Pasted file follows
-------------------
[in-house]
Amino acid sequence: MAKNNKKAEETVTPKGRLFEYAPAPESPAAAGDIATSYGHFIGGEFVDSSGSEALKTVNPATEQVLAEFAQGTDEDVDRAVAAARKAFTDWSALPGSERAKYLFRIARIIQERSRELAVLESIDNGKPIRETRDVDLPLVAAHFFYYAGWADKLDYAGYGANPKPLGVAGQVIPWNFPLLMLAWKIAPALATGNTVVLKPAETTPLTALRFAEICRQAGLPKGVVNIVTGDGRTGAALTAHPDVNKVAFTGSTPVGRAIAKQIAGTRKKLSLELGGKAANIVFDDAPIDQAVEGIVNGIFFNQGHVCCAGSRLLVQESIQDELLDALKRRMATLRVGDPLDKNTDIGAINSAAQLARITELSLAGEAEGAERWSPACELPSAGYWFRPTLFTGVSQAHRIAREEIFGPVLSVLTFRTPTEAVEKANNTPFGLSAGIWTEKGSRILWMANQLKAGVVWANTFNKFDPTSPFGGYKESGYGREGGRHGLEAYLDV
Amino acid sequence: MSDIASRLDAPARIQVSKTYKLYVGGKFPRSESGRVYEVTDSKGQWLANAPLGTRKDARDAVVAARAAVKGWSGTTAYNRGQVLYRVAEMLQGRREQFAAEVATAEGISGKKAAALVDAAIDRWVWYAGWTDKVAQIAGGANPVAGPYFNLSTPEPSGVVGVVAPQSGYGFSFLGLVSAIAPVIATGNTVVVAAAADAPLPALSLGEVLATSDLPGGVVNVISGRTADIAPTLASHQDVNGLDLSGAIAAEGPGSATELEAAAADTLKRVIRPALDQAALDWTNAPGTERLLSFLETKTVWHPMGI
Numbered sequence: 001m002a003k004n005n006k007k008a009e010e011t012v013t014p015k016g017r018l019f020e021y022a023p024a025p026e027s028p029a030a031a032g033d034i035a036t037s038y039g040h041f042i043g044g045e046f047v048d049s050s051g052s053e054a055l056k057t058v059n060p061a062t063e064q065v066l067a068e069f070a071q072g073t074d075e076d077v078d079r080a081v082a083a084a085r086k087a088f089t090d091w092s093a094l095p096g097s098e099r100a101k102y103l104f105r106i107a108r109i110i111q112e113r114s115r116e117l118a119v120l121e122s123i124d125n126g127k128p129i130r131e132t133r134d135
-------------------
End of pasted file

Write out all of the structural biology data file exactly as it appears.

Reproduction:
[in-house]
Amino acid sequence: MAKNNKKAEETVTPKGRLFEYAPAPESPAAAGDIATSYGHFIGGEFVDSSGSEALKTVNPATEQVLAEFAQGTDEDVDRAVAAARKAFTDWSALPGSERAKYLFRIARIIQERSRELAVLESIDNGKPIRETRDVDLPLVAAHFFYYAGWADKLDYAGYGANPKPLGVAGQVIPWNFPLLMLAWKIAPALATGNTVVLKPAETTPLTALRFAEICRQAGLPKGVVNIVTGDGRTGAALTAHPDVNKVAFTGSTPVGRAIAKQIAGTRKKLSLELGGKAANIVFDDAPIDQAVEGIVNGIFFNQGHVCCAGSRLLVQESIQDELLDALKRRMATLRVGDPLDKNTDIGAINSAAQLARITELSLAGEAEGAERWSPACELPSAGYWFRPTLFTGVSQAHRIAREEIFGPVLSVLTFRTPTEAVEKANNTPFGLSAGIWTEKGSRILWMANQLKAGVVWANTFNKFDPTSPFGGYKESGYGREGGRHGLEAYLDV
Amino acid sequence: MSDIASRLDAPARIQVSKTYKLYVGGKFPRSESGRVYEVTDSKGQWLANAPLGTRKDARDAVVAARAAVKGWSGTTAYNRGQVLYRVAEMLQGRREQFAAEVATAEGISGKKAAALVDAAIDRWVWYAGWTDKVAQIAGGANPVAGPYFNLSTPEPSGVVGVVAPQSGYGFSFLGLVSAIAPVIATGNTVVVAAAADAPLPALSLGEVLATSDLPGGVVNVISGRTADIAPTLASHQDVNGLDLSGAIAAEGPGSATELEAAAADTLKRVIRPALDQAALDWTNAPGTERLLSFLETKTVWHPMGI
Numbered sequence: 001m002a003k004n005n006k007k008a009e010e011t012v013t014p015k016g017r018l019f020e021y022a023p024a025p026e027s028p029a030a031a032g033d034i035a036t037s038y039g040h041f042i043g044g045e046f047v048d049s050s051g052s053e054a055l056k057t058v059n060p061a062t063e064q065v066l067a068e069f070a071q072g073t074d075e076d077v078d079r080a081v082a083a084a085r086k087a088f089t090d091w092s093a094l095p096g097s098e099r100a101k102y103l104f105r106i107a108r109i110i111q112e113r114s115r116e117l118a119v120l121e122s123i124d125n126g127k128p129i130r131e132t133r134d135